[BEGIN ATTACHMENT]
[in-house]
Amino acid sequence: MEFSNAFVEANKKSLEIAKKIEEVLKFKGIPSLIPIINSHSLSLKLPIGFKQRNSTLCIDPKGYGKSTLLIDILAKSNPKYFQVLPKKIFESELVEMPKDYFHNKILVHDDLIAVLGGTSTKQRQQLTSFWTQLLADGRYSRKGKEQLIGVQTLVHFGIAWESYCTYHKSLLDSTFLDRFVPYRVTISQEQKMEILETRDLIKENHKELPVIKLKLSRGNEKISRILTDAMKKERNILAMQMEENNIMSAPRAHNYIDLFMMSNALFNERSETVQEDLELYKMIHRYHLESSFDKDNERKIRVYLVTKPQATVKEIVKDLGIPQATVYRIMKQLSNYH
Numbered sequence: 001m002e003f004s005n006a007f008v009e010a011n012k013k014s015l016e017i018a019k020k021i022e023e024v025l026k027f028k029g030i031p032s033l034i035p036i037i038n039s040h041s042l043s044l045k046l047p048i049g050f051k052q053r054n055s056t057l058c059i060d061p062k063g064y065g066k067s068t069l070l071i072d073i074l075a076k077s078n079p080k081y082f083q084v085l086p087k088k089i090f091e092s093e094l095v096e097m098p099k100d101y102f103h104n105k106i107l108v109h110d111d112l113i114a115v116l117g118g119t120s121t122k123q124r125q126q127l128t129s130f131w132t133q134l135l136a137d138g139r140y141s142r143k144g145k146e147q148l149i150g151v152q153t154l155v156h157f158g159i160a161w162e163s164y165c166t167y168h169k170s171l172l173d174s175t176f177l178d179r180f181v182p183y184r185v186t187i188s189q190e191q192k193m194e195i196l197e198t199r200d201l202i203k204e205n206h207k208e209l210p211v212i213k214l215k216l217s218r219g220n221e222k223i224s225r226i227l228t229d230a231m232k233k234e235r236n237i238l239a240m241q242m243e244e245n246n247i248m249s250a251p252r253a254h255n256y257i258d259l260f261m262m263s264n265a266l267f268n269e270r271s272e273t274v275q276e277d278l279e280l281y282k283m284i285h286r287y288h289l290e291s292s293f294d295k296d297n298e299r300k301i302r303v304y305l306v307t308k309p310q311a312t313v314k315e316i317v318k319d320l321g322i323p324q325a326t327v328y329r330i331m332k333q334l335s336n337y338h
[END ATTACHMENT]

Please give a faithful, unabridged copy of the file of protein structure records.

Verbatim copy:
[in-house]
Amino acid sequence: MEFSNAFVEANKKSLEIAKKIEEVLKFKGIPSLIPIINSHSLSLKLPIGFKQRNSTLCIDPKGYGKSTLLIDILAKSNPKYFQVLPKKIFESELVEMPKDYFHNKILVHDDLIAVLGGTSTKQRQQLTSFWTQLLADGRYSRKGKEQLIGVQTLVHFGIAWESYCTYHKSLLDSTFLDRFVPYRVTISQEQKMEILETRDLIKENHKELPVIKLKLSRGNEKISRILTDAMKKERNILAMQMEENNIMSAPRAHNYIDLFMMSNALFNERSETVQEDLELYKMIHRYHLESSFDKDNERKIRVYLVTKPQATVKEIVKDLGIPQATVYRIMKQLSNYH
Numbered sequence: 001m002e003f004s005n006a007f008v009e010a011n012k013k014s015l016e017i018a019k020k021i022e023e024v025l026k027f028k029g030i031p032s033l034i035p036i037i038n039s040h041s042l043s044l045k046l047p048i049g050f051k052q053r054n055s056t057l058c059i060d061p062k063g064y065g066k067s068t069l070l071i072d073i074l075a076k077s078n079p080k081y082f083q084v085l086p087k088k089i090f091e092s093e094l095v096e097m098p099k100d101y102f103h104n105k106i107l108v109h110d111d112l113i114a115v116l117g118g119t120s121t122k123q124r125q126q127l128t129s130f131w132t133q134l135l136a137d138g139r140y141s142r143k144g145k146e147q148l149i150g151v152q153t154l155v156h157f158g159i160a161w162e163s164y165c166t167y168h169k170s171l172l173d174s175t176f177l178d179r180f181v182p183y184r185v186t187i188s189q190e191q192k193m194e195i196l197e198t199r200d201l202i203k204e205n206h207k208e209l210p211v212i213k214l215k216l217s218r219g220n221e222k223i224s225r226i227l228t229d230a231m232k233k234e235r236n237i238l239a240m241q242m243e244e245n246n247i248m249s250a251p252r253a254h255n256y257i258d259l260f261m262m263s264n265a266l267f268n269e270r271s272e273t274v275q276e277d278l279e280l281y282k283m284i285h286r287y288h289l290e291s292s293f294d295k296d297n298e299r300k301i302r303v304y305l306v307t308k309p310q311a312t313v314k315e316i317v318k319d320l321g322i323p324q325a326t327v328y329r330i331m332k333q334l335s336n337y338h